Heart failure is a chronic medical condition in which the heart cannot adequately pump blood. While it can occur at any age, heart failure is the leading cause of hospitalizations in people over age 65.
As a major health problem in the US, it’s estimated that heart failure affects about 5.7 million Americans. Every year, more than 500,000 new cases are diagnosed.
Heart failure can occur when certain conditions weaken the heart over time. Controlling conditions that may cause heart failure (such as coronary artery disease, high blood pressure, diabetes, or obesity) is the most effective way to prevent heart failure.
There are various types of heart failure…
Left-sided heart failure (HF-rEF) is the most common type of heart failure and occurs when the left ventricle doesn’t pump blood efficiently. The left ventricle of the heart is responsible for pumping oxygen-rich blood to the rest of the body.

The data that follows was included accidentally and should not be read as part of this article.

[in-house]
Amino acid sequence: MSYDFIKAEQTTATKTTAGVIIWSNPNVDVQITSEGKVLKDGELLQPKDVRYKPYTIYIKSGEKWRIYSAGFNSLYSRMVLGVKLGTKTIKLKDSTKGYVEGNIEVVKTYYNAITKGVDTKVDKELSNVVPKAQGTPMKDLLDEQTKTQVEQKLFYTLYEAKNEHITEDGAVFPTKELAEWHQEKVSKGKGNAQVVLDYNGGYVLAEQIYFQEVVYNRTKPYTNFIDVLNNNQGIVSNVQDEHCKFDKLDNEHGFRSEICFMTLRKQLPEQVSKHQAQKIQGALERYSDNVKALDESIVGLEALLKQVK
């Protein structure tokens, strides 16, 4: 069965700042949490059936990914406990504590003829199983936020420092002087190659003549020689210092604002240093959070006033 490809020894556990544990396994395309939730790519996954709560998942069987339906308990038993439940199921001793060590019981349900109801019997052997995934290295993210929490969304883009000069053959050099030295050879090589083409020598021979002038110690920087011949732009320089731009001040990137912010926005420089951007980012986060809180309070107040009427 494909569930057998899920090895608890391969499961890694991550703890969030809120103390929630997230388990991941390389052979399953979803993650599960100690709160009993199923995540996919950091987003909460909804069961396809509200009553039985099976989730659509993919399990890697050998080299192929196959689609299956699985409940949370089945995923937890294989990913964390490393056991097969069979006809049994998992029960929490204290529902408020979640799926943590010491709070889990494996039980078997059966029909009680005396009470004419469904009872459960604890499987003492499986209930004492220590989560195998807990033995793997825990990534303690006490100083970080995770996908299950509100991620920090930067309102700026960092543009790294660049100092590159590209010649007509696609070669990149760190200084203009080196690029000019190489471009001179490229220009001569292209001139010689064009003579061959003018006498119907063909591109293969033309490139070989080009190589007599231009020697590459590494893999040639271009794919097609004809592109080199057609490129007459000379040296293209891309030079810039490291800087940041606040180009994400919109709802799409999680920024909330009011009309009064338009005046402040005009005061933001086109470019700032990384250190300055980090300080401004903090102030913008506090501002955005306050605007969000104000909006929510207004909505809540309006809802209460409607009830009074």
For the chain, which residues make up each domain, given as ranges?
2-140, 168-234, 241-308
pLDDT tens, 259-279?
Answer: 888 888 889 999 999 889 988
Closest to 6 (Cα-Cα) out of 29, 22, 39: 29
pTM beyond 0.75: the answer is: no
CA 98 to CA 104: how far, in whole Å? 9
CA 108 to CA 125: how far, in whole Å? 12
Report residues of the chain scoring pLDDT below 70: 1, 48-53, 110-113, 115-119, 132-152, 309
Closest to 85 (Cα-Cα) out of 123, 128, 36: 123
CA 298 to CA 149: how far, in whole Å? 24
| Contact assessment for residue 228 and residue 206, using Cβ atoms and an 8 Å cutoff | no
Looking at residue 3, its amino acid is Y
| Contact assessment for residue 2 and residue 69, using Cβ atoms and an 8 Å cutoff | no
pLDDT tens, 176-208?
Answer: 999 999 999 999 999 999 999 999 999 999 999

Right-sided heart failure (HF-pEF) is usually triggered by the existence of left-sided heart failure but can also be caused by other conditions such as lung disease. This type of heart failure occurs when the right ventricle doesn’t pump blood efficiently. The right ventricle of the heart is responsible for pumping blood to the lungs in order to collect oxygen.
Diastolic heart failure happens when the heart muscle becomes stiffer than normal. This form of heart failure is more common in women than men and can occur on either side of the heart (left or right.)
Systolic heart failure happens when the heart muscle loses its ability to contract. This form of heart failure is more common in men than women and can occur on either side of the heart (left or right.)
Common signs and symptoms of heart failure…
- Heart palpitations
- Rapid or irregular pulse
- Shortness of breath
- Persistent, dry or hacking cough
- Loss of appetite
- Sudden unexplained weight gain
- Swelling of the leg(s), ankle(s), and/or abdomen
- Dizziness, confusion, or difficulty concentrating
While heart failure is not reversible, there are treatments available that can improve the symptoms and help you live longer. If you believe you or a loved one is suffering from heart failure, it is best to see a professional for a medical diagnosis as soon as possible.